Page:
slight provocation, with, an equally intense pleasure in trifles, a great joy in brilliant and startling sense-impressions, a narrow range of susceptibilities, with the self-centering emotions—especially fear, anger, jealousy, vanity—the more prominent. The instability of the child's character hardly needs illustration; it depends largely on the limited range of memory and rational expectation. A child in pain is appeased by a sugar-plum; its anger forgotten in a new picture-book. The entire attention is given to one object; this fills the mental horizon, much as the hypnotized subject attends solely to the suggestion of the operator. Passionateness is a typically childish trait; at two months the characteristic pushing away of distasteful objects, screaming, growing red in the face, appear and continue with increasing vehemence until a wise surrounding gradually substitutes for them a more rational procedure. Of childlike traits in savages there are abundant illustrations. The Snake Indian is termed" a mere child, irritated by and pleased with a trifle." Of the tribes of the Malayan Peninsula it is said that "like children their actions seem to be rarely guided by reflection, and they almost always act impulsively." The tears of the South Sea islanders, "like those of children, were always ready to express any passion that was strongly excited, and like those of children they also appeared to be forgotten as soon as shed." Accompanying this there is "a childish mirthfulness—merriment not sobered by thought of what is coming." Mr. Spencer thus comments upon these facts: "The saying that a savage has the mind of a child with the passions of a man (or, as it would be more correctly put, has adult passions which act in a childish manner) thus possesses a deeper meaning than appears. There is a genetic relationship between the two natures, such that, allowing for differences of kind and degree in their emotions, we may regard the co-ordination of them in the child as fairly representing the co-ordination in the primitive mind."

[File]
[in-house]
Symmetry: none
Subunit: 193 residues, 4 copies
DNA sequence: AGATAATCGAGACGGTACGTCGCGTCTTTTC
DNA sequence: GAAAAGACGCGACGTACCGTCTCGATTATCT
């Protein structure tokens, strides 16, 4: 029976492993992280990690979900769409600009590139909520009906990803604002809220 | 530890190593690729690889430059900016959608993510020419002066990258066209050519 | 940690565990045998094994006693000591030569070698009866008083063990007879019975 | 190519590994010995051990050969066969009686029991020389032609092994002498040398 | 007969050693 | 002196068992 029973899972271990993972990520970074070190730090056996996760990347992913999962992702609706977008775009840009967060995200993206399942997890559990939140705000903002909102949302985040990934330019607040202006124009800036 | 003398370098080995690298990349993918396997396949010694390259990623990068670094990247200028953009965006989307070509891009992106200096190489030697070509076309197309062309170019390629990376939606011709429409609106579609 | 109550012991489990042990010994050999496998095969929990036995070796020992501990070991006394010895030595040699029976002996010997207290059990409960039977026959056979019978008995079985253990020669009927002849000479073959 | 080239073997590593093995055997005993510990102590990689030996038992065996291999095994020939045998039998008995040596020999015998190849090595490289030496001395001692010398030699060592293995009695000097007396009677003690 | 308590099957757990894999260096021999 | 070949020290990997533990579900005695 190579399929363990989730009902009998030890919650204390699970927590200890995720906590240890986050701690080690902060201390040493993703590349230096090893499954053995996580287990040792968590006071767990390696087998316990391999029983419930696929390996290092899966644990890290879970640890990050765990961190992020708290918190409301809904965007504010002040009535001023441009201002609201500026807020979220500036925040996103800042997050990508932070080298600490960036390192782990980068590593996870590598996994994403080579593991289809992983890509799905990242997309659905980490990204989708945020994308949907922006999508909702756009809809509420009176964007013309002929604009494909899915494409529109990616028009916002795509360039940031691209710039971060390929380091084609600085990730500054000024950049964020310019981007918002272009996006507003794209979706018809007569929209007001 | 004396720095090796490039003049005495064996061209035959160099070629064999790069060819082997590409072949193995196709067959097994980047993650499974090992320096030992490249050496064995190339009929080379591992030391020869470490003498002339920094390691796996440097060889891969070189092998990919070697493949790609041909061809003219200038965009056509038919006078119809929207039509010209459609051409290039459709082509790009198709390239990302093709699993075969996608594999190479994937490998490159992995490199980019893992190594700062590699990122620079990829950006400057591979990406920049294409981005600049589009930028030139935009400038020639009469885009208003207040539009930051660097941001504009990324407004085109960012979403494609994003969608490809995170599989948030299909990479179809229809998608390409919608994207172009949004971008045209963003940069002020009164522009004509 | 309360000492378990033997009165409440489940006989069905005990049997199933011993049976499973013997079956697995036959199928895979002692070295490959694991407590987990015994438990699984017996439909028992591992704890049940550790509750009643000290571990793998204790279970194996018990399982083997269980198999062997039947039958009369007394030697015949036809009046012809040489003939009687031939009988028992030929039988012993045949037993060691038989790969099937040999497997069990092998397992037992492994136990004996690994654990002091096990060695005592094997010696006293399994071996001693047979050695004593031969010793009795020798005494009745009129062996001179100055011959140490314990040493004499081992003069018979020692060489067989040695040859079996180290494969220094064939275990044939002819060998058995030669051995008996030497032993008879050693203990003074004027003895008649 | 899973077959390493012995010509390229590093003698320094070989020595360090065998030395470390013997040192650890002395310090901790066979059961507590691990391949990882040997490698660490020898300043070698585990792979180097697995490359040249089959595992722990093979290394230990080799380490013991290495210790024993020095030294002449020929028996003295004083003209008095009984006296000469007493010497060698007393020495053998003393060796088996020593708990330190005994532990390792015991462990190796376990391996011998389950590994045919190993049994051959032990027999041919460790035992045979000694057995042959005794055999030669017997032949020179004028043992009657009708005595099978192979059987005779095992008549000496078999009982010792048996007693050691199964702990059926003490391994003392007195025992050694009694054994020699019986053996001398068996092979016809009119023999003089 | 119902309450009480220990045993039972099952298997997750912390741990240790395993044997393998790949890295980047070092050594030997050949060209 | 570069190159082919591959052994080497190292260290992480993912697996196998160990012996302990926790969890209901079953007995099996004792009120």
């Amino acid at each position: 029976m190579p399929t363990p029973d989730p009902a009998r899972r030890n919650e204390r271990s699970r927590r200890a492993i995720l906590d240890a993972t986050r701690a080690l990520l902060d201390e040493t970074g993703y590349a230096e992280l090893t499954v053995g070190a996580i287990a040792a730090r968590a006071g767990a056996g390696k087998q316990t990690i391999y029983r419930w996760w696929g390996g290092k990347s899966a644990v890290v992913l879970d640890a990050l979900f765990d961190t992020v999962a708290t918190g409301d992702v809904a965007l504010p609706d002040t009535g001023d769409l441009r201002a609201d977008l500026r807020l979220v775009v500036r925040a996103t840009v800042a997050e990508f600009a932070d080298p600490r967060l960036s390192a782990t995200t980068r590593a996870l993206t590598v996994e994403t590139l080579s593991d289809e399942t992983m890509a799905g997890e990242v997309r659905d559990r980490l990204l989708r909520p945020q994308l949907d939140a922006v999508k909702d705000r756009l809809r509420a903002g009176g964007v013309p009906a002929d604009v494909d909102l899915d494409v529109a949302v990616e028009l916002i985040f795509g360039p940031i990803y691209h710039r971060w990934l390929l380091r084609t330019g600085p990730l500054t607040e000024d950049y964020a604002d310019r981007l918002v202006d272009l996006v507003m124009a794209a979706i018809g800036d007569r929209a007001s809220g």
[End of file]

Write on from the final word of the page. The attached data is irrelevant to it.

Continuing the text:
Similarities in intellectual traits lie close at hand; the study of language offers a number of pertinent illustrations. The prominence of gesture, pantomime, facial and other expressions in the primitive speech has been conclusively established, and is equally typical of the child's language at certain stages of its development. In both, speech partakes less of symbolism and has a natural directness of meaning. When we are told that the Bojesmans can not converse at night without a fire, because their language is dependent upon explanatory gestures; that the language of a Ceylon tribe is composed largely of signs, grimaces, and guttural sounds; or that the Tasmanians observe no settled order or arrangement of words in their sentences, we are at once reminded of like characteristics in a child's babbling. Similari-